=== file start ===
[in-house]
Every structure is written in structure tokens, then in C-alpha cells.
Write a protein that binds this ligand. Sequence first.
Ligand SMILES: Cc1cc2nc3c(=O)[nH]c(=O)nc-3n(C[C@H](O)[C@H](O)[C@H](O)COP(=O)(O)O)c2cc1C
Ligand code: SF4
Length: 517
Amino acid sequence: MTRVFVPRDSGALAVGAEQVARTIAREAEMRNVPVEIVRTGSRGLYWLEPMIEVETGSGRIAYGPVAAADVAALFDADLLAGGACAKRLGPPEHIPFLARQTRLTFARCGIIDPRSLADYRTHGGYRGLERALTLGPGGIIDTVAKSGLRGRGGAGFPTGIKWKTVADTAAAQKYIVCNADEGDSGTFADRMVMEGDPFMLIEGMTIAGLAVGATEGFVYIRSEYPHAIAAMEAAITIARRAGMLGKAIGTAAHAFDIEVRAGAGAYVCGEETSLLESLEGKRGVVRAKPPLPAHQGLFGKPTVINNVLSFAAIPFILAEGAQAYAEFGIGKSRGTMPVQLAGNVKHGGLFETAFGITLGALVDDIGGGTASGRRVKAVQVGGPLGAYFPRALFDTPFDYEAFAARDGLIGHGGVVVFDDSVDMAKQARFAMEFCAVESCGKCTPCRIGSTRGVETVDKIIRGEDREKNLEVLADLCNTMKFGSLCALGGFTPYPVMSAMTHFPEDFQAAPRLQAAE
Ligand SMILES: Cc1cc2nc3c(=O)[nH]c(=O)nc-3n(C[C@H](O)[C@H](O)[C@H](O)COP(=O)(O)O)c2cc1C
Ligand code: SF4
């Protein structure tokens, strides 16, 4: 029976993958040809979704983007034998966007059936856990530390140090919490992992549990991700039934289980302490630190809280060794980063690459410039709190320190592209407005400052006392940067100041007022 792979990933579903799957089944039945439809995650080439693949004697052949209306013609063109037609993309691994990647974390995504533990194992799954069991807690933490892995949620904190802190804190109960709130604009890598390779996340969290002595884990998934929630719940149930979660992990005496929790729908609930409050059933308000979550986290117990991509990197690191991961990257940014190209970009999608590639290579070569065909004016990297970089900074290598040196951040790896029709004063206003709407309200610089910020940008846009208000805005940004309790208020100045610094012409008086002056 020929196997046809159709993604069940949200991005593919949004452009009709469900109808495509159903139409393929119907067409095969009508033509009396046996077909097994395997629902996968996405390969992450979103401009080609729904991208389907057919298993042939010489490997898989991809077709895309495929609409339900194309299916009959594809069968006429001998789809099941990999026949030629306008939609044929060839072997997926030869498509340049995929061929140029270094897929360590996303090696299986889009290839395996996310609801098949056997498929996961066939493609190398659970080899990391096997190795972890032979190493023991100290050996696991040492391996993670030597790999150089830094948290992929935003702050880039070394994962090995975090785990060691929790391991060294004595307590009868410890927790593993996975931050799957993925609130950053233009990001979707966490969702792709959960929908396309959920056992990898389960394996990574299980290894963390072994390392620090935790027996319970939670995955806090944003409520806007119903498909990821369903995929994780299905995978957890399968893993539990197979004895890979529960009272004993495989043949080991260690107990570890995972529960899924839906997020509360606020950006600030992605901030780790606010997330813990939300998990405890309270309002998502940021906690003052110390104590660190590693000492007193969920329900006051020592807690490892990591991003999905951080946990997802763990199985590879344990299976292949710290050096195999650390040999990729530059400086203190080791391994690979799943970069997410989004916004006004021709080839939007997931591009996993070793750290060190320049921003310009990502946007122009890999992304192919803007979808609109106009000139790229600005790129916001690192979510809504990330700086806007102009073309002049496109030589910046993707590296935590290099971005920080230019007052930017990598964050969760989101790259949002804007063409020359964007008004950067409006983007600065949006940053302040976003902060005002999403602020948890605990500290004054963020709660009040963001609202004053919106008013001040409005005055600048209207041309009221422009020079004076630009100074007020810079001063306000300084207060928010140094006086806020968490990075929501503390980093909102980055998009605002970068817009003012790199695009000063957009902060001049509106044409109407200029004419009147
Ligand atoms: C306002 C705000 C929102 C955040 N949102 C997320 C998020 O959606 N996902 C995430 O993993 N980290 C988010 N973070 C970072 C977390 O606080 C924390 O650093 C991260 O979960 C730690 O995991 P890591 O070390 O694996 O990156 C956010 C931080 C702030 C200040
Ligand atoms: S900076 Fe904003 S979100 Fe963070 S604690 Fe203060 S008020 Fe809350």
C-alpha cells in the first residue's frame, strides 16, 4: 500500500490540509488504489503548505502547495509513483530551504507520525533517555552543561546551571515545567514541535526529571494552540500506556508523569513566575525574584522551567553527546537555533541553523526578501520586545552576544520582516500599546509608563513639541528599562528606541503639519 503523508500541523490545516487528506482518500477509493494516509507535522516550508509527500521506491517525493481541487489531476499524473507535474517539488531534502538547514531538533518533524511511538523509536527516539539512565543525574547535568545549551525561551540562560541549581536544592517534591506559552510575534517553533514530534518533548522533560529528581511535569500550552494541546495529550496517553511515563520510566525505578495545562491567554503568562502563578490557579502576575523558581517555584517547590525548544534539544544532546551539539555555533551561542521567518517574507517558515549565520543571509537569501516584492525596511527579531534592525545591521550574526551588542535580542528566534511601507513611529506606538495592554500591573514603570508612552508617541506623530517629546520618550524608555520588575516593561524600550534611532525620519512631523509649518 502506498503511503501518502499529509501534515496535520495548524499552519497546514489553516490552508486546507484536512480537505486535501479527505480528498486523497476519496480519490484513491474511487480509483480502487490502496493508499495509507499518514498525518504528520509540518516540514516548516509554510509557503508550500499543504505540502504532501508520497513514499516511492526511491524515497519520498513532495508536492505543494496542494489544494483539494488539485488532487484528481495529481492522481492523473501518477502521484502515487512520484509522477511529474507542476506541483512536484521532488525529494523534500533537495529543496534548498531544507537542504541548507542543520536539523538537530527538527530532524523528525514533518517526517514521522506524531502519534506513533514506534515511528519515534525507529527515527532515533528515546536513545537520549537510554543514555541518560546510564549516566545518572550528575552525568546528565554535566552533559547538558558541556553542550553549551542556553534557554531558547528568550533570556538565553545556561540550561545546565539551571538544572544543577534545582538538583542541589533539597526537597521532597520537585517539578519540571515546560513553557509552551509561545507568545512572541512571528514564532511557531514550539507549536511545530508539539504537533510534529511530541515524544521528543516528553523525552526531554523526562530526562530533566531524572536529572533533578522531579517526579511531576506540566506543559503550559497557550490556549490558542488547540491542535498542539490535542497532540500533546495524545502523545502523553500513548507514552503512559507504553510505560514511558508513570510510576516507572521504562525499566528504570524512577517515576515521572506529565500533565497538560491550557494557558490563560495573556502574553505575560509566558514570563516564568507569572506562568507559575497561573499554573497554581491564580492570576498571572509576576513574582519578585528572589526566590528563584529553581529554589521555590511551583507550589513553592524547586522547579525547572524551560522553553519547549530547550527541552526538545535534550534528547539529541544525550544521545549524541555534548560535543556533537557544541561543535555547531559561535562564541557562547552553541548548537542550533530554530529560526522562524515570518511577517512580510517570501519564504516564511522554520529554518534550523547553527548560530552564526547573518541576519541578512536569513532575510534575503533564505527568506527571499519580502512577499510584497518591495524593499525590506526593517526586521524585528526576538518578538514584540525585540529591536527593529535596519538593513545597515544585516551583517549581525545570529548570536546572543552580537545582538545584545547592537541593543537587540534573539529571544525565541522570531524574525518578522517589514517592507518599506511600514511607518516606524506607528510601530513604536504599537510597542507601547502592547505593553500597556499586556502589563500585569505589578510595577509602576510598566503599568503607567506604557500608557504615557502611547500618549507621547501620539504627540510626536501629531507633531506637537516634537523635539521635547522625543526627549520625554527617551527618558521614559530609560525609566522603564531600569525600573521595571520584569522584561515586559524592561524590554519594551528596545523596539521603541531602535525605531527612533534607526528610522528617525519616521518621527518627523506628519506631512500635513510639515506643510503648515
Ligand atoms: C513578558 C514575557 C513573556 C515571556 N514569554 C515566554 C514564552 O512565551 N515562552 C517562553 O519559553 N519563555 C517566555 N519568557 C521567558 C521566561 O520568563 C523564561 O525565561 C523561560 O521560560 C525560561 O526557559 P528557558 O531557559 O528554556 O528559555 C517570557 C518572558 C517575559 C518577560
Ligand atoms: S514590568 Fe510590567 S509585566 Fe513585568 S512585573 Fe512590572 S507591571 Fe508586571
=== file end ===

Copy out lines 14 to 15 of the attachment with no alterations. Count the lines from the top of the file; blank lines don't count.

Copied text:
Ligand atoms: C513578558 C514575557 C513573556 C515571556 N514569554 C515566554 C514564552 O512565551 N515562552 C517562553 O519559553 N519563555 C517566555 N519568557 C521567558 C521566561 O520568563 C523564561 O525565561 C523561560 O521560560 C525560561 O526557559 P528557558 O531557559 O528554556 O528559555 C517570557 C518572558 C517575559 C518577560
Ligand atoms: S514590568 Fe510590567 S509585566 Fe513585568 S512585573 Fe512590572 S507591571 Fe508586571